That would take the question of capital off the table at Tesla for years to come. It would more than cover the negative free-cash flow estimated at $ 4 billion through 2020 by researchers at Auburn University, in a report titled âDriving Off a Cliff: The Case Against Tesla,â plus any extra needed for the accelerated production targets the company has since announced.
For Apple, with more than $ 230 billion of idle cash, the investment would be close to a rounding error. Its shareholders would probably rejoice at converting a sliver of money in the bank for a placeholder in an emerging leader in self-driving cars. Unlike a full purchase, buying a minority stake will not dilute Appleâs profitability, either. The company has projected gross margins of around 38 percent in its next fiscal quarter.
Now, what could Tesla do for Apple? With a market capitalization north of $ 600 billion, Mr. Cookâs business is doing fine at the moment. Shares of the company have gained some 5 percent since the iPhone 7 was unveiled earlier this month. Pre-orders for the new handset have been robust despite reviews that largely called it an incremental advance on its predecessor. Features like wireless earbuds are novel, but hardly game-changing.
Many analysts, investors and observers want Apple to develop more new products. Its last big product introduction, of watches, was a relative dud. Since the devices went on sale in April 2015, Appleâs shares have fallen 8 percent, and investors fret that the company has been running short of new ideas. At the same time, shares of Alphabet, Googleâs parent, have rallied by nearly 50 percent.
One area in which Alphabet appears to be further ahead is self-driving vehicles. Apple doesnât talk publicly about its plans in the car business, but earlier this month it fired dozens of staff members and closed parts of its so-called Titan project, focused on autonomous cars.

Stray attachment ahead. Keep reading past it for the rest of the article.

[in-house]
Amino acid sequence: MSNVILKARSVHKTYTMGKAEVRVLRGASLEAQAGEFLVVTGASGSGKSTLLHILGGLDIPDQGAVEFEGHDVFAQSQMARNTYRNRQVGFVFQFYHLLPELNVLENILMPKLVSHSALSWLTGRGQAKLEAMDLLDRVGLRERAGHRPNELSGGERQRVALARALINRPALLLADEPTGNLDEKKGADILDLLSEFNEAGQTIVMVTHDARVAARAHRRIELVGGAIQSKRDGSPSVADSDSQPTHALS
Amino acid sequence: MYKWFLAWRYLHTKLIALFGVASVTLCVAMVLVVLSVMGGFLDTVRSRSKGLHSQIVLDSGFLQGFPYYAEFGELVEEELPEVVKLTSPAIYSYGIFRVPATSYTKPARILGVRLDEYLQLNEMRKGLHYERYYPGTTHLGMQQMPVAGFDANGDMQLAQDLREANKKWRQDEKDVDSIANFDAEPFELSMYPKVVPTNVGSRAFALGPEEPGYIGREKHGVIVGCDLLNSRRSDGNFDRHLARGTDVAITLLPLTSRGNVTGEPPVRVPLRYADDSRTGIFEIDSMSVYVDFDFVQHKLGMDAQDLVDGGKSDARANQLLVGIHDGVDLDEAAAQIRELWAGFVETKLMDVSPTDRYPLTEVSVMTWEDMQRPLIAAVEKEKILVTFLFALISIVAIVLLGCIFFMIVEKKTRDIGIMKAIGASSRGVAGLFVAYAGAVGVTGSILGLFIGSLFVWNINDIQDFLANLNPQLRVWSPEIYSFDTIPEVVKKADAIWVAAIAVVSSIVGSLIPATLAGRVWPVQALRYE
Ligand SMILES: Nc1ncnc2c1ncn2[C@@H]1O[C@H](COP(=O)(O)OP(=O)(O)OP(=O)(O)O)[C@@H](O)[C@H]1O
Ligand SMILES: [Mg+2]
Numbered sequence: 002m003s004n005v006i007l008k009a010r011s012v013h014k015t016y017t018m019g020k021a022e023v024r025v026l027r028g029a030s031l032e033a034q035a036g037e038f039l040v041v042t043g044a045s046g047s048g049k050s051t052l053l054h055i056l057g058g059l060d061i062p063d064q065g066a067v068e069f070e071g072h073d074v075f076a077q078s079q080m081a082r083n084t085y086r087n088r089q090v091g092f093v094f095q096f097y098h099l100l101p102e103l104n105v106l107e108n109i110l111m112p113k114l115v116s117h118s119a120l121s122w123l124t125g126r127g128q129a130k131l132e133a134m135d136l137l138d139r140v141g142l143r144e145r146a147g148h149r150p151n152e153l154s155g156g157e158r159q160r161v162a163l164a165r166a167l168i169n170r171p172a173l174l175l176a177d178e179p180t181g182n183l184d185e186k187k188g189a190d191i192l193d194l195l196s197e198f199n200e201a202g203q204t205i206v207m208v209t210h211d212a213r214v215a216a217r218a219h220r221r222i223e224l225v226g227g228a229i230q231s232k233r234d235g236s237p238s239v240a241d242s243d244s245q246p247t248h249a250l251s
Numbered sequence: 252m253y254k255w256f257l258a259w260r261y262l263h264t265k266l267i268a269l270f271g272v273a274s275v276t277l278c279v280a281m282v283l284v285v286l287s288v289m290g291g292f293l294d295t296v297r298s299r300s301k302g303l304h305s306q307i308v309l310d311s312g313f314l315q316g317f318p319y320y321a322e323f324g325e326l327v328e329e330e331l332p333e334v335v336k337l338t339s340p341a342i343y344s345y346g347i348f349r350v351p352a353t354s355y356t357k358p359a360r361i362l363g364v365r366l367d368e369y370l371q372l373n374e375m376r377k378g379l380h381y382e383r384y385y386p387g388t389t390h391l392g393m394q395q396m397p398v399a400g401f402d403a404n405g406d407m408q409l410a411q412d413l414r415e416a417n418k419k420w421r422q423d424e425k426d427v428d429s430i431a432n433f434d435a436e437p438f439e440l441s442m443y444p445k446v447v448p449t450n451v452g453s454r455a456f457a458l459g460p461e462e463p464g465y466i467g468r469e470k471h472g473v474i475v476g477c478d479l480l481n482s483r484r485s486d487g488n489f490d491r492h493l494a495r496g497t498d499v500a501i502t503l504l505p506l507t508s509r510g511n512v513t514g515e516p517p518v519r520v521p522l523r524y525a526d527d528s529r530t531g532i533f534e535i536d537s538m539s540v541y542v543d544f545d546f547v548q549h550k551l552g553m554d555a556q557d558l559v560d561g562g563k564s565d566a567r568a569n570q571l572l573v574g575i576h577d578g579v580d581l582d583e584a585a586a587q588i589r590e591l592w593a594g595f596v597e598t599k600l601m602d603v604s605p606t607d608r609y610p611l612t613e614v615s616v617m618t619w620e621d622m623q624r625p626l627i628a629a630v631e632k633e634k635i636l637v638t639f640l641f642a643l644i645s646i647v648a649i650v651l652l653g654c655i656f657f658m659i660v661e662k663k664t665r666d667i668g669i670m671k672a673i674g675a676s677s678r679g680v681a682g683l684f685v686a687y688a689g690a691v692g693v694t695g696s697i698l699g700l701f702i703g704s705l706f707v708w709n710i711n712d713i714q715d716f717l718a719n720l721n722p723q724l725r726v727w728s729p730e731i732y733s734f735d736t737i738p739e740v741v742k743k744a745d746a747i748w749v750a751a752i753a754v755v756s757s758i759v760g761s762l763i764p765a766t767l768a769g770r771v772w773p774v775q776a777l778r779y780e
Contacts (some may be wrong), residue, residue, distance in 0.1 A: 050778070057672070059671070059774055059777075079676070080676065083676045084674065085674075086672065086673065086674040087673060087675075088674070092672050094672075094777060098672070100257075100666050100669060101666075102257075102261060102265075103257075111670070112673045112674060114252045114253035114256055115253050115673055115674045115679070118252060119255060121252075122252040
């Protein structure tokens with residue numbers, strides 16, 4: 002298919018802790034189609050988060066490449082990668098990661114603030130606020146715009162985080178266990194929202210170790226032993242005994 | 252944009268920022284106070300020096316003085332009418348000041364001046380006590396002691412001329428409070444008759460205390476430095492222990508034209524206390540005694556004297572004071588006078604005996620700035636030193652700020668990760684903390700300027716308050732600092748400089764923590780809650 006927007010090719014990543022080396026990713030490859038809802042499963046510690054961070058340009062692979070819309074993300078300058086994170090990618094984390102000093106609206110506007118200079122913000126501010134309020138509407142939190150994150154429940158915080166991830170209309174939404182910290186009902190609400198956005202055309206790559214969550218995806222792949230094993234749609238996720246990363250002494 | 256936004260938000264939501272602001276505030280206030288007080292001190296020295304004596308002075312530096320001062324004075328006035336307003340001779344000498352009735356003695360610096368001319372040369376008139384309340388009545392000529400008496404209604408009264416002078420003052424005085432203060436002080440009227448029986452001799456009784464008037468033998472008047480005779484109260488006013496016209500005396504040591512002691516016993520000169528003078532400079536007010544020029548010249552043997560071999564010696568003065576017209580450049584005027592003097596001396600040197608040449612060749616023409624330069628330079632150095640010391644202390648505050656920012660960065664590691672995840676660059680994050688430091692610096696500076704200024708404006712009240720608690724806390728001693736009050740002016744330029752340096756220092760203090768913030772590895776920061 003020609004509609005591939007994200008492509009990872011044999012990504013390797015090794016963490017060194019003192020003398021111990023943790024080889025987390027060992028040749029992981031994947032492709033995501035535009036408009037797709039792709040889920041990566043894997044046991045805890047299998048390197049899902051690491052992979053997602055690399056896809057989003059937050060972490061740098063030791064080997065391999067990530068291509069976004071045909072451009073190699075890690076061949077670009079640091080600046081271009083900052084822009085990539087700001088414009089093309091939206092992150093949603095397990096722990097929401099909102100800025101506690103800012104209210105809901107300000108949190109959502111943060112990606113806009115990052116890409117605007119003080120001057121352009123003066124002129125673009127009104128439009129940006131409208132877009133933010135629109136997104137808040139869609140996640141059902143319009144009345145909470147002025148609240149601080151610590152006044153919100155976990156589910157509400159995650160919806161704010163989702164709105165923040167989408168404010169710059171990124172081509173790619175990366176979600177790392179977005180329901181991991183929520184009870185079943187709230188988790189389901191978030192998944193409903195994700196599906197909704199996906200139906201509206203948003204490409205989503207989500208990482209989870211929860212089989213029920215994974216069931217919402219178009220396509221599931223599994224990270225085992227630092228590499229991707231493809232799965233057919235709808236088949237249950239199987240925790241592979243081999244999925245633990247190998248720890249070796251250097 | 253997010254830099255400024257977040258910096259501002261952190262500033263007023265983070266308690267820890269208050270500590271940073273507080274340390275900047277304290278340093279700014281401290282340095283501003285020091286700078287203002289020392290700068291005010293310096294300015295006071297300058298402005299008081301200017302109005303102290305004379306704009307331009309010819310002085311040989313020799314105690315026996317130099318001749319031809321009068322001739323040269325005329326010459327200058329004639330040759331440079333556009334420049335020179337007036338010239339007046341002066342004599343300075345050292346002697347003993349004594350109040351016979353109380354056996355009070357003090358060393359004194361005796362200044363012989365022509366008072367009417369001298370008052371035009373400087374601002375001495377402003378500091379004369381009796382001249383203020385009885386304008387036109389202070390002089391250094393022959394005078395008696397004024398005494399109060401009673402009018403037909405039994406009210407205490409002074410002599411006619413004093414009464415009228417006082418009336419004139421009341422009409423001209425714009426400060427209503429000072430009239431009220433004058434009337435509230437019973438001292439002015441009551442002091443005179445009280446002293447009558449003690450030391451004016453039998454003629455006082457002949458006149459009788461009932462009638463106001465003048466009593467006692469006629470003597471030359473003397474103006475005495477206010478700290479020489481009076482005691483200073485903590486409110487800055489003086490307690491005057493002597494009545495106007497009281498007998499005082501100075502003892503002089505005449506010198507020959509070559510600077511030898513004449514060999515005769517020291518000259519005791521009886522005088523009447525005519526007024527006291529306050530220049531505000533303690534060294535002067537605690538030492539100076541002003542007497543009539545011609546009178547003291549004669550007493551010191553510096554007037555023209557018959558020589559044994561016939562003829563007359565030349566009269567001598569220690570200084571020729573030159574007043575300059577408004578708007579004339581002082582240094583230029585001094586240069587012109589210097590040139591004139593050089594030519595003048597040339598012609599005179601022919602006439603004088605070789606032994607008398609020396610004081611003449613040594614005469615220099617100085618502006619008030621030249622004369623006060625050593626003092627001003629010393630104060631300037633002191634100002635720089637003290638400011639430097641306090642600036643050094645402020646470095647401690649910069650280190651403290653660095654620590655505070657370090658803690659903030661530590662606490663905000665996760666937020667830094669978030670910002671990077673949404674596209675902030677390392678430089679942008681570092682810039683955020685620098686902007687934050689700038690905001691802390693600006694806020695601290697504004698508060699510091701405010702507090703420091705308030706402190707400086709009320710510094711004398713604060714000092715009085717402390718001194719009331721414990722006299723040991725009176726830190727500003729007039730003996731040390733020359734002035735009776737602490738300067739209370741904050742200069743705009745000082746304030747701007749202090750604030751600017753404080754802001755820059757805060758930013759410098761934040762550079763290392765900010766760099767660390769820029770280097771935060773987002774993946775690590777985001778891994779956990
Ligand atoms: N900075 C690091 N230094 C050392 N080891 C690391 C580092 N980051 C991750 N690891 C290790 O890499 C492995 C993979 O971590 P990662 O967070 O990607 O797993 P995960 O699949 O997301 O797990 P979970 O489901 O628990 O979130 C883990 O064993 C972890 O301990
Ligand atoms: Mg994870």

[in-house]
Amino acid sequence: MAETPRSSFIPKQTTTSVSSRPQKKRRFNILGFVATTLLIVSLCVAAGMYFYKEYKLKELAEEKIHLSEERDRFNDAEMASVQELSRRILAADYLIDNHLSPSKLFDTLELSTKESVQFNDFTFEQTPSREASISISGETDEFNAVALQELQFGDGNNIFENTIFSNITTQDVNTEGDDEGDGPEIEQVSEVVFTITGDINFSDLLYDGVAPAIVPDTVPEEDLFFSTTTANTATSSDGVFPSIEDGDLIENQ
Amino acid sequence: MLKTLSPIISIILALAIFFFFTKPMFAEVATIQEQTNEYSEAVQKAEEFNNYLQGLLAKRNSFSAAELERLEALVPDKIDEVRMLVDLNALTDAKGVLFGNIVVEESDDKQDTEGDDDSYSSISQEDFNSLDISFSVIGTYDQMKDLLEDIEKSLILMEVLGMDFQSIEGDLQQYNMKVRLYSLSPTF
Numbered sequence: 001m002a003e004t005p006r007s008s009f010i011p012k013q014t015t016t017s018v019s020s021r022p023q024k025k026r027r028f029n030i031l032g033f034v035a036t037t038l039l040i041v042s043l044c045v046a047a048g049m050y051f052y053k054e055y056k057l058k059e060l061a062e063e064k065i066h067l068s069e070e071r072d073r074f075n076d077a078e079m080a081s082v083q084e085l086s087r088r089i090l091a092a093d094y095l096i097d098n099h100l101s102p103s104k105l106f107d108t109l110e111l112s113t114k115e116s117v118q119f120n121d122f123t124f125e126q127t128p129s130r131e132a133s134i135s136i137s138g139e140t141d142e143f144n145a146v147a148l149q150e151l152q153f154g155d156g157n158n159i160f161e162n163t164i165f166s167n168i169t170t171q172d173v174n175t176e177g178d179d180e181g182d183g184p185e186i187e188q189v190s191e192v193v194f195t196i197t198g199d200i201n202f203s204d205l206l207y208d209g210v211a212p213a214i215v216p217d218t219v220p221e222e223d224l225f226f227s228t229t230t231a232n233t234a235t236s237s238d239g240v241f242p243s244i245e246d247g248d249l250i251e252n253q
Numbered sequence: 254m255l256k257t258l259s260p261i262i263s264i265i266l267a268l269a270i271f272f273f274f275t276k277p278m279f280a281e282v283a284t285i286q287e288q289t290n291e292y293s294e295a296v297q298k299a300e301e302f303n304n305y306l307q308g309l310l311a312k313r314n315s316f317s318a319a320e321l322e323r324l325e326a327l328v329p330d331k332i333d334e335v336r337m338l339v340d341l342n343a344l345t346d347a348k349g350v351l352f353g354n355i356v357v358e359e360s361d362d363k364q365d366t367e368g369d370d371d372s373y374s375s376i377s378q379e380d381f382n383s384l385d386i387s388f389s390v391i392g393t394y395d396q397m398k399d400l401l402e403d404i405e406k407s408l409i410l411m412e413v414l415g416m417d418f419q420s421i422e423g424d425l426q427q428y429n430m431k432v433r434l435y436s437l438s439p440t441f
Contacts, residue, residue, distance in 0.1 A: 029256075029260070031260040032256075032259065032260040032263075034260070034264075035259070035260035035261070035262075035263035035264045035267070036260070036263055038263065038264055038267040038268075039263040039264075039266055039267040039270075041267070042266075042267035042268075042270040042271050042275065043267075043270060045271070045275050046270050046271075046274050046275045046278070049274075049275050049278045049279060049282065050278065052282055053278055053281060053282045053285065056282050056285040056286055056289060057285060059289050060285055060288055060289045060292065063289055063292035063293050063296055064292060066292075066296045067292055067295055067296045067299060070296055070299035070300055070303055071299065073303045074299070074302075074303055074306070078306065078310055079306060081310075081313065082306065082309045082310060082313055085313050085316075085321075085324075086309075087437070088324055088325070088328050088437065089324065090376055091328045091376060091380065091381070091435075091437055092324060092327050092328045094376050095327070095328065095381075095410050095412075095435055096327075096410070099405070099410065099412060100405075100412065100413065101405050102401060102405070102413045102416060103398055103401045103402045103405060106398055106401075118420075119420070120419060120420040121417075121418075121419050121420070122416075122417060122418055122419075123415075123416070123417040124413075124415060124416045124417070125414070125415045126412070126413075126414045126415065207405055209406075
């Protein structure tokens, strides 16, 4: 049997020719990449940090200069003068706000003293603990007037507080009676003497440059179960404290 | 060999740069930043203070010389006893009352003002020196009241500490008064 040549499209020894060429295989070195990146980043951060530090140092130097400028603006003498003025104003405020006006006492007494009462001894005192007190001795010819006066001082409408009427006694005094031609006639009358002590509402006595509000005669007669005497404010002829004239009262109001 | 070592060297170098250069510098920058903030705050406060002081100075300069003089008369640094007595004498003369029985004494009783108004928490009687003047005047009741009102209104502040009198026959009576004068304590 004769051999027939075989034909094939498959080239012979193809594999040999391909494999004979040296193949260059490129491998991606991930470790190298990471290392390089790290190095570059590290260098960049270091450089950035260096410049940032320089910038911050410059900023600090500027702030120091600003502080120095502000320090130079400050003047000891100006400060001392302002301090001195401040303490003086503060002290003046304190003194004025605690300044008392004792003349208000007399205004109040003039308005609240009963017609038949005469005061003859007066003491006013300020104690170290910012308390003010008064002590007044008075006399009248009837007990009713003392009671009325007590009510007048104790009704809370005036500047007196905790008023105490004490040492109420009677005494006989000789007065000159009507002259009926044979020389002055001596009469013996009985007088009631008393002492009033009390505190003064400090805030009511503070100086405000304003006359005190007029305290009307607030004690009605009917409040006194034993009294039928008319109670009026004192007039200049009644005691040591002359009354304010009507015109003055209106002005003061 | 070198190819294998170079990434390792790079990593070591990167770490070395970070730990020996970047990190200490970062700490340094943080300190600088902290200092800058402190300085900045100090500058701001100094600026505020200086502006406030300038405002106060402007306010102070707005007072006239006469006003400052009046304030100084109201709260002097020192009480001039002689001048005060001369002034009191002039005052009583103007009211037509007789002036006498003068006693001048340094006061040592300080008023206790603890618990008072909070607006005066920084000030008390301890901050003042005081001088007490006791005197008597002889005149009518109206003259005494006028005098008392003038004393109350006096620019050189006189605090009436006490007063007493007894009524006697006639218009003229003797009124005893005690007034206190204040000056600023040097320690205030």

Ideas are something Mr. Musk has in abundance. In addition to running Tesla and creating SolarCity, heâs trying to make a going concern of space travel and freight through Space Exploration Technologies, or SpaceX. In his spare time, he also hatched the Hyperloop, an idea to use air pressure to speed human beings through tubes at extraordinary speeds.
In that respect, he resembles Steven P. Jobs. Even when Apple was in its relative infancy in 1986, its co-founder bankrolled the creation of Pixar, the animation studio. For two decades, that side project put him in conflict with some of the media companies whose content would become a key attraction for iPhone users. In 2006, a year before introducing the handset that changed the world, Mr. Jobs sold Pixar to Disney for $ 7.4 billion in stock; Disney put him on its board.
With competition no longer an issue, Mr. Jobs became a consigliere to Disneyâs boss, Robert A. Iger, who told Fortune after the Apple founder died: âWe would stand in front of a whiteboard and talk about ideas. And every once in a while heâd come to me thinking the skyâs falling apart and that our business was screwed. And Iâd say, âTell me how.ââ
That sort of relationship would probably be hard to develop between a chief executive and a subordinate â one argument against Apple swallowing Tesla whole. But as a collaboration, with shared goals and running businesses that work together rather than competing for talent and customers, a functional Cook-Musk partnership might serve both companiesâ shareholders.
As part of the deal, Apple could fold its wobbly car operations into a joint venture with Tesla, add a couple of directors to Teslaâs board â helping to handle deals with the likes of SolarCity â and bring Mr. Musk onto its own. Of course, the two executives would have to be capable of playing nice. Mr. Musk might have to walk back his crack last year that Apple was the âTesla graveyard.â